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1930s Hoyt E. Bowen (’39) of Chapel Hill, N.C., died Jan. 4, 2011. He was 91. Dr. Bowen served in WWII as a naval aviator. He was a professor of English at Western Kentucky University from 1971-85, and donated his Elizabethan and Shakespearean collections to Piedmont’s Arrendale Library. Survivors include his wife, Kathryn McManus Bowen (’50). Isabel Lumsden Couch (attended 193335) of Sautee-Nacoochee, Ga., died Nov. 29, 2010. She was 95. Mrs. Couch’s career in education began as a classroom teacher in Clarkesville. She went on to become supervisor and curriculum director in Pickens, Stephens, Lumpkin, and Habersham counties, retiring from that position in 1972. In retirement she worked with the White County Title I program, taught at the University of Georgia, served as executive secretary for the Georgia Department of Instructional Supervisors, and served two terms on the White County Board of Education. Her community efforts led to the formation of the Sautee-Nacoochee Community Association. Survivors include her sister-in-law, India Dyer Lumsden (attended 1942-43) and Dr. Tom Lumsden. Grace Dodd Hodges (’31) of Andersonville, Ga., died Oct. 23, 2010. She was 99. Survivors include her sister, Boyce Dodd Sullivan (’34).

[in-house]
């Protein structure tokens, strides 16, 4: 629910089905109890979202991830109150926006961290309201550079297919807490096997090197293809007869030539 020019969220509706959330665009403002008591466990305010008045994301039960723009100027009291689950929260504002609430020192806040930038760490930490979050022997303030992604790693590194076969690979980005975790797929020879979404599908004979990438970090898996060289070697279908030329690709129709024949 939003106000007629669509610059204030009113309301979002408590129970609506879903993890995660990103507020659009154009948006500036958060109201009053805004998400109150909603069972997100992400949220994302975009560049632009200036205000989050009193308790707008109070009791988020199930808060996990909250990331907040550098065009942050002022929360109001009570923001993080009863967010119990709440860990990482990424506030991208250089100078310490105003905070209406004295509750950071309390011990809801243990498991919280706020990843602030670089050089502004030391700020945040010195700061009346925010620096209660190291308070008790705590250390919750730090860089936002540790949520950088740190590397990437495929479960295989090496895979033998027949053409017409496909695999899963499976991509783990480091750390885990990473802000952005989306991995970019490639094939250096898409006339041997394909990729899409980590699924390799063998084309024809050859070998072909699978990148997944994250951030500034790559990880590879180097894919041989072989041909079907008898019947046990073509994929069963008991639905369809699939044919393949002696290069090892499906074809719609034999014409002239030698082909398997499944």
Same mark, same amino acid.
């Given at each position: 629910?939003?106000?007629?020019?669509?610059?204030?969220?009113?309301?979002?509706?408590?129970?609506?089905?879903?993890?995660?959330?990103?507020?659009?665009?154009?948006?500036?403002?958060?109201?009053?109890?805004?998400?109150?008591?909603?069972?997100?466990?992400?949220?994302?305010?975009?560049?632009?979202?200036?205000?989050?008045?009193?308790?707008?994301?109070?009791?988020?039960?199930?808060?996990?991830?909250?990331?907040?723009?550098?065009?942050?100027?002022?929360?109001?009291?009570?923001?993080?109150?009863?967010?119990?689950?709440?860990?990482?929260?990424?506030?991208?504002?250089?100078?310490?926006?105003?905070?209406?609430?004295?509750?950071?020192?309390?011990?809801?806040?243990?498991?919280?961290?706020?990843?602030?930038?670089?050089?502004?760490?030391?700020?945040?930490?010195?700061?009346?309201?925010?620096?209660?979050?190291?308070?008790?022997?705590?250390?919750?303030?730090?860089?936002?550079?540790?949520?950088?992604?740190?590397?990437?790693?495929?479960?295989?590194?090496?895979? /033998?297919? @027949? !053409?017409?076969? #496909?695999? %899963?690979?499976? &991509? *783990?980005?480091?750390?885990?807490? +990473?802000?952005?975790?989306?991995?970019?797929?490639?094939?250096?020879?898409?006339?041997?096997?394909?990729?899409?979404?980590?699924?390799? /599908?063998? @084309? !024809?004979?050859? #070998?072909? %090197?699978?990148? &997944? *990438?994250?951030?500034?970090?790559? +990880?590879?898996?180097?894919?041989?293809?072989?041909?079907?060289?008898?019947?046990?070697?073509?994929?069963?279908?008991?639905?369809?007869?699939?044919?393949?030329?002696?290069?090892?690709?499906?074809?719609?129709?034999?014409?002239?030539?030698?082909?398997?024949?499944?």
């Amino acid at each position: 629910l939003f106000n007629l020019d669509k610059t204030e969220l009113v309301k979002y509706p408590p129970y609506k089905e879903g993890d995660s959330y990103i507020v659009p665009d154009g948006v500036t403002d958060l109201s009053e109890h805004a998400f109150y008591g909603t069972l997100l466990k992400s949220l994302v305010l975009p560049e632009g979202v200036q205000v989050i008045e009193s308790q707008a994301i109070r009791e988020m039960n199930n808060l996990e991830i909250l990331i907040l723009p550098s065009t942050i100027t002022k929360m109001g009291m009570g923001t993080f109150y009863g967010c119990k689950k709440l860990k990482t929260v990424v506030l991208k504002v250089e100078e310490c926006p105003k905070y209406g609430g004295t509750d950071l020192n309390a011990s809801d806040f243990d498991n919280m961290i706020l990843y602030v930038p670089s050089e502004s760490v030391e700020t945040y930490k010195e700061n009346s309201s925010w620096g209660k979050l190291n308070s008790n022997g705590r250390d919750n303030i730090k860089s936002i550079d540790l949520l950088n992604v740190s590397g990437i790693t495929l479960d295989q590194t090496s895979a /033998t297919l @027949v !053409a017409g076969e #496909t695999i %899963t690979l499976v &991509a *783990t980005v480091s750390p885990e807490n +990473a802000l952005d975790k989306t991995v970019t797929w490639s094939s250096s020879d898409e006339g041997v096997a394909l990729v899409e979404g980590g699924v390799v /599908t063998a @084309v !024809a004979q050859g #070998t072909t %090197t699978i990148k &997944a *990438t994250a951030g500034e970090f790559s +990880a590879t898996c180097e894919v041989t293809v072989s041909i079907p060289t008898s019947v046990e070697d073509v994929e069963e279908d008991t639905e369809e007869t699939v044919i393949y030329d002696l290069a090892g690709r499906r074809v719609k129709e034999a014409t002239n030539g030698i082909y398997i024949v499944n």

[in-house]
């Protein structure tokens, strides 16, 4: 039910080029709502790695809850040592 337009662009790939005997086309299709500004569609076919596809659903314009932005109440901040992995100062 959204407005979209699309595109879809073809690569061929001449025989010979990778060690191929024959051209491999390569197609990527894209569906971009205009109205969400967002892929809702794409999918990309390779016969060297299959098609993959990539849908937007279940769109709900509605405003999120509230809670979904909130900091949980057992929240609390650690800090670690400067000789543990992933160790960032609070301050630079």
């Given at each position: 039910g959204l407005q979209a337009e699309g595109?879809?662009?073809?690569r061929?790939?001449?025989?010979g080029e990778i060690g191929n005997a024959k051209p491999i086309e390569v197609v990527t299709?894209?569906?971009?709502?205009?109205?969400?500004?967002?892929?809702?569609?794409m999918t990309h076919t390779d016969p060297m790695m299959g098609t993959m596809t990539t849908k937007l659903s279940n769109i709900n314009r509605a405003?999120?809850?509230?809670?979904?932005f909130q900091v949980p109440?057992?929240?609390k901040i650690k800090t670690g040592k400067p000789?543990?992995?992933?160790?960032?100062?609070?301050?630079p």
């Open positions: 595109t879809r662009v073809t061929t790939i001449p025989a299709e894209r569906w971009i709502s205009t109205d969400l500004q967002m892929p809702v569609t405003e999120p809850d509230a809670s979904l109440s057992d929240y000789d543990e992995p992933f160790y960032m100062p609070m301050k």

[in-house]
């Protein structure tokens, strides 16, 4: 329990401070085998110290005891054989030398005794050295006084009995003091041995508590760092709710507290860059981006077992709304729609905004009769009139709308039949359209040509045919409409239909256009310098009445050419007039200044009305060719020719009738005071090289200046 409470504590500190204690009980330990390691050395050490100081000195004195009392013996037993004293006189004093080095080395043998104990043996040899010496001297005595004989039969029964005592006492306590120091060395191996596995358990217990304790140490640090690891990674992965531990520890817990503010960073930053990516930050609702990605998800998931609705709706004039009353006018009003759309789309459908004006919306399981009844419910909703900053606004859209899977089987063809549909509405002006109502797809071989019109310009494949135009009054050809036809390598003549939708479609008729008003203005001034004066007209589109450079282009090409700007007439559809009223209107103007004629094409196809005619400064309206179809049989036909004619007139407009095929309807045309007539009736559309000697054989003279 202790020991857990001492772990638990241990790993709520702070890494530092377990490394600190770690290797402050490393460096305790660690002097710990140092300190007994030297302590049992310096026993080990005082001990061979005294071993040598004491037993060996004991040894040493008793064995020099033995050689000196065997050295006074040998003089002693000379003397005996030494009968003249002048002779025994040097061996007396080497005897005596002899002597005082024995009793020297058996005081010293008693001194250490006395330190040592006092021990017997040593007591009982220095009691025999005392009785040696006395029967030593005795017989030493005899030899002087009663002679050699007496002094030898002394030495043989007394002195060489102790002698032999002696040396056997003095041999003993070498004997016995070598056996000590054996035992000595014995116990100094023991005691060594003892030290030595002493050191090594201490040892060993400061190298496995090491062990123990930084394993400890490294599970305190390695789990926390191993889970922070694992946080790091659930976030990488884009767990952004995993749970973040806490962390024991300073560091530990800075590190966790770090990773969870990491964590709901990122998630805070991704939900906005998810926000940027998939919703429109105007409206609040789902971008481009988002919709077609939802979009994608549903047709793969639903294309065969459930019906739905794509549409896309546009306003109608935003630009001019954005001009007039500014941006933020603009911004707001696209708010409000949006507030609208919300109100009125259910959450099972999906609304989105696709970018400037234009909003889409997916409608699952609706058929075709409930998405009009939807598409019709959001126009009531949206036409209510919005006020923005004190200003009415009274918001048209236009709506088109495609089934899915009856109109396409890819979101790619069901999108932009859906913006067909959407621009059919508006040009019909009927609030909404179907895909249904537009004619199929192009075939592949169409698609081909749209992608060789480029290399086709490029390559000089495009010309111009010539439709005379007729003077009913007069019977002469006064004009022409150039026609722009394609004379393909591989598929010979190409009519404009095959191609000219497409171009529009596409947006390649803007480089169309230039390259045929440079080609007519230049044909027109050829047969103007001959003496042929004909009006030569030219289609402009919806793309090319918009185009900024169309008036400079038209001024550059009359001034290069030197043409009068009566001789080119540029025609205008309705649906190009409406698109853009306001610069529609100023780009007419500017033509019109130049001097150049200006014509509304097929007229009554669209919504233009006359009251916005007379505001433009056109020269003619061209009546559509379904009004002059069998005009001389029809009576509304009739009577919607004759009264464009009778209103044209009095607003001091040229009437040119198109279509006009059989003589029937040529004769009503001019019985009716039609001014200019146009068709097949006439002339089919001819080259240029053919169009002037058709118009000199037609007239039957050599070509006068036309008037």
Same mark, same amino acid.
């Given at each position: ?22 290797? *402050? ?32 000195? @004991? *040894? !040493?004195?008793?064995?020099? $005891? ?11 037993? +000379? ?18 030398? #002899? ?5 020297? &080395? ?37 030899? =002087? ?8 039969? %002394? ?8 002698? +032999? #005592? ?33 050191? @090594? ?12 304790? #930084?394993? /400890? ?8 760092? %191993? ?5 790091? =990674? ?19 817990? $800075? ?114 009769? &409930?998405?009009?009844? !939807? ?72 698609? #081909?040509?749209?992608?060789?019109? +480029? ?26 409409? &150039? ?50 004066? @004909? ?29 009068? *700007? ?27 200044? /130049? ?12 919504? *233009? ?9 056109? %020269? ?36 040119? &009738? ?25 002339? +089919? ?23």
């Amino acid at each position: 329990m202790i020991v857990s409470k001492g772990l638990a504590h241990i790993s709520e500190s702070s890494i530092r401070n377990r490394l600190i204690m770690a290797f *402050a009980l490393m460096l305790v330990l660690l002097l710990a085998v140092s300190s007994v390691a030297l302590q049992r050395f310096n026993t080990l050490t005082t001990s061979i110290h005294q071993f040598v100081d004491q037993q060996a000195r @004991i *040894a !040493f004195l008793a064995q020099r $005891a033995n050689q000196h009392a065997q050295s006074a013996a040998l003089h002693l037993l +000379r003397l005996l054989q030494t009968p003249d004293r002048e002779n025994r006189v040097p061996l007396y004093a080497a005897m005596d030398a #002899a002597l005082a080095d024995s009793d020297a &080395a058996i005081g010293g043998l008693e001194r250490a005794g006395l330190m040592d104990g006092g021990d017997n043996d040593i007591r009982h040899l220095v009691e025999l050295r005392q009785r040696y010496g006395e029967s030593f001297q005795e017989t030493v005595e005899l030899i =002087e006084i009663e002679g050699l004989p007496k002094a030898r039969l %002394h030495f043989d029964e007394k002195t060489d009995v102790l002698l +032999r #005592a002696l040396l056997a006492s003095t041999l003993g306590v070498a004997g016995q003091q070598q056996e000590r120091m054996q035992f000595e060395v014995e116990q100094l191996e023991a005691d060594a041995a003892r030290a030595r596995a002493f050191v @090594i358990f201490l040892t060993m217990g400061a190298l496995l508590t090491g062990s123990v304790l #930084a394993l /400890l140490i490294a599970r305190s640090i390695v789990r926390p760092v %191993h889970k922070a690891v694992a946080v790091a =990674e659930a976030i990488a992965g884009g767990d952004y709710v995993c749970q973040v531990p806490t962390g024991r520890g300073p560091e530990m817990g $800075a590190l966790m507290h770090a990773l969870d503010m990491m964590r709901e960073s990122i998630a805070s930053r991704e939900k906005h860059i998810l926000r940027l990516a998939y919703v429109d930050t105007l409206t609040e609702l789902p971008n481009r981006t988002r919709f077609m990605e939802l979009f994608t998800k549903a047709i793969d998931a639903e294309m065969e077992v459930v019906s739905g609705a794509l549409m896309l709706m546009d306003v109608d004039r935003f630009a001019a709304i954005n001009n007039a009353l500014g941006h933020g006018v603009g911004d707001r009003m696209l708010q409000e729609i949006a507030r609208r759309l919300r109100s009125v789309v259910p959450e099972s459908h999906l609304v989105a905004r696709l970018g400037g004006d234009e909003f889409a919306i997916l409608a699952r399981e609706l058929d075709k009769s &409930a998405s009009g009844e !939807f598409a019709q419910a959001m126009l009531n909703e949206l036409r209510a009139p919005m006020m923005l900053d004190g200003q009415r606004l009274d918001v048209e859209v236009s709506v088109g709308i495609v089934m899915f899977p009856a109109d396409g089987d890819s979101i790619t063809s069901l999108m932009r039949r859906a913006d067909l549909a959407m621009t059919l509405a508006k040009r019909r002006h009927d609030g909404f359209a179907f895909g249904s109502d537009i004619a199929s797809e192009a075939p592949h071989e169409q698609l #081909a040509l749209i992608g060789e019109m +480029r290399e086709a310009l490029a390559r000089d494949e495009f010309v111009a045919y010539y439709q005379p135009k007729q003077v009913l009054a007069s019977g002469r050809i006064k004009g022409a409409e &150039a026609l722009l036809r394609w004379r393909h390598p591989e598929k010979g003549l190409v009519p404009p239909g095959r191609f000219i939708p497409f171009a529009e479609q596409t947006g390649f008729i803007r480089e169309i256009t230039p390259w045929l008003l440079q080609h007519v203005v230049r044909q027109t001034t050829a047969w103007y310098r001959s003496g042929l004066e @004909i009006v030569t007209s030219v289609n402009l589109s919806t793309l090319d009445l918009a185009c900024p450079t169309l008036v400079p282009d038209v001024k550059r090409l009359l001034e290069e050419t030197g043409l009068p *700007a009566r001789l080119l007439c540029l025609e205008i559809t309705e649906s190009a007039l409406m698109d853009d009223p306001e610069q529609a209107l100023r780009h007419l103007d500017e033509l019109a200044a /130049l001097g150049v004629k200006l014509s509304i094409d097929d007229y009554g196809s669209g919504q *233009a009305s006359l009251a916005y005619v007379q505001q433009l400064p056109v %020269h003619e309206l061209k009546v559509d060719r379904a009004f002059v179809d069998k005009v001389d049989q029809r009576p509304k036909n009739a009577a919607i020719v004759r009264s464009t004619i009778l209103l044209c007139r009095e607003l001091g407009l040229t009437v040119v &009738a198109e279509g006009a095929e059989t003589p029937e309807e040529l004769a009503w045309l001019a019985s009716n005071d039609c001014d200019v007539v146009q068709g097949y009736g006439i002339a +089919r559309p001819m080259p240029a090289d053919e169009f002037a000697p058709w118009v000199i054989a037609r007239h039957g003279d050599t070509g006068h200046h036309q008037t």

1940s Thomas G. Harris (’40) of Millen, Ga., died Feb. 16, 2011. He was 92. Mr. Harris was a U.S. Army veteran of WWII. He was a retired teacher, assistant principal, and basketball coach from the Armuchee School in Floyd County. Odell B. Dyer (’41) of Gainesville, Ga., died Oct. 11, 2010. He was 93. Mr. Dyer served in WWII as a radar operator. He received a Purple Heart after his B-24 was downed on a mission near Guadalcanal in the South Pacific. A life-long educator, he retired from the State of Georgia. Survivors include his sister, Desma Dyer Fry (’41) and niece, Nina Fry (’77). Edna Stanley Lybrand (’44) of Albemarle, N.C., died Nov. 11, 2010. She was 87. She had taught school in Tate and Camak in Georgia and in Lancaster, S.C. Mrs. Lybrand and her husband were active in the Lutheran Church and had been involved in the beginning of three Lutheran churches in as many states. Sara Garthright Ray (’44) of Warrenton, Ga., died Dec. 29, 2010. She was 87. Mrs. Ray was a retired metallurgist for Handy and Harmen of El Monte, Calif. Her husband, Jesse Ray (’43), died in 1964. She was a member of the Warrenton Garden Club, Warren County Historical Society, Daughters of the Confederacy, and the National Wildlife Association at Lake Havasu, Ariz.